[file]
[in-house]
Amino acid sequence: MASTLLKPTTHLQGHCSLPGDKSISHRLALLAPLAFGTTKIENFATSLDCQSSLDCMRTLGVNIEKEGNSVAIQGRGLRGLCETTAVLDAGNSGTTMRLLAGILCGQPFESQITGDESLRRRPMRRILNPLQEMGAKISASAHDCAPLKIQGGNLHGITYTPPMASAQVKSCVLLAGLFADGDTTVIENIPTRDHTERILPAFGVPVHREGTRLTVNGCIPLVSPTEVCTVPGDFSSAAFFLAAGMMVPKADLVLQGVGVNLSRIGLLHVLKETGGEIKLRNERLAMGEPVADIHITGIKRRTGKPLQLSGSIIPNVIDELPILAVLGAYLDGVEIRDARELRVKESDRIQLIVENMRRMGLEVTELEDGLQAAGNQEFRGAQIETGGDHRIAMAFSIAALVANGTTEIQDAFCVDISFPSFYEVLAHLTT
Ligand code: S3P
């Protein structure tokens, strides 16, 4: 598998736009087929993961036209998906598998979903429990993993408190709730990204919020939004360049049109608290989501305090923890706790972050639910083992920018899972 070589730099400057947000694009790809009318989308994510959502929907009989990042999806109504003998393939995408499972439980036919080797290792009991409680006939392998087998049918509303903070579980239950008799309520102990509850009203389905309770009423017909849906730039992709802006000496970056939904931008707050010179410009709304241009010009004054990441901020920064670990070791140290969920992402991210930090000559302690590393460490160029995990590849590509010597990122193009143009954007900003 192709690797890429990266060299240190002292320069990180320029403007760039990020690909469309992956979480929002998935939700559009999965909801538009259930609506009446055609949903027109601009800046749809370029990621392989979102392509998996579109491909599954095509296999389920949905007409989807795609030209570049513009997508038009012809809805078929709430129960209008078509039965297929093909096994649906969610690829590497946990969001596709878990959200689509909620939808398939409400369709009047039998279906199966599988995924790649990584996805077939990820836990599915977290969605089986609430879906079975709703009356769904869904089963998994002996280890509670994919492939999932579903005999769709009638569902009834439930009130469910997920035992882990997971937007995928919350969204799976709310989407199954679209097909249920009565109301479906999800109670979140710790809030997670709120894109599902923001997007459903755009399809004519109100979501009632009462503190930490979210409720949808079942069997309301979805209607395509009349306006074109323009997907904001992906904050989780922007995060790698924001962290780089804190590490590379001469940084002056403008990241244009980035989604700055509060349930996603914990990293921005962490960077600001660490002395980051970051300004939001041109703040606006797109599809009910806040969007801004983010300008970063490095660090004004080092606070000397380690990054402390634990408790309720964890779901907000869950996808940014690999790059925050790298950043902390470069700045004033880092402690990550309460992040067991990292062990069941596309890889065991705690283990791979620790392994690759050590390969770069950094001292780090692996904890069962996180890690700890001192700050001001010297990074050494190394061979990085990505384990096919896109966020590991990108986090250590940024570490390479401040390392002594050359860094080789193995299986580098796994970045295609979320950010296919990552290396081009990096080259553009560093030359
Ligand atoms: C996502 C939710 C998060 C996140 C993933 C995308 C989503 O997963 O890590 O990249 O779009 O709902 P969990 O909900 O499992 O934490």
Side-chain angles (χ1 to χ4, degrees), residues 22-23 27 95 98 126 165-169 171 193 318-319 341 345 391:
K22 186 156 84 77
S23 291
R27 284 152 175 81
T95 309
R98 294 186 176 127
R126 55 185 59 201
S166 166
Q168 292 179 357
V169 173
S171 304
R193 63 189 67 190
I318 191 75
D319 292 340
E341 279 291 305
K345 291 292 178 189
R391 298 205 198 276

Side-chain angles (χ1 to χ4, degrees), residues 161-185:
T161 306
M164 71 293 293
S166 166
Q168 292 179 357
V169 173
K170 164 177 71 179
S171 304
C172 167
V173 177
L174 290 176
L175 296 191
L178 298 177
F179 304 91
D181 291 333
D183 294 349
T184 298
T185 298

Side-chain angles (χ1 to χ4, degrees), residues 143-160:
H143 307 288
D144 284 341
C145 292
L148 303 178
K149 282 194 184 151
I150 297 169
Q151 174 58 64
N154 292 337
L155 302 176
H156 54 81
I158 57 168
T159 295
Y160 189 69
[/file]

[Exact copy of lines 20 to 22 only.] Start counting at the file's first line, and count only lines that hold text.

E341 279 291 305
K345 291 292 178 189
R391 298 205 198 276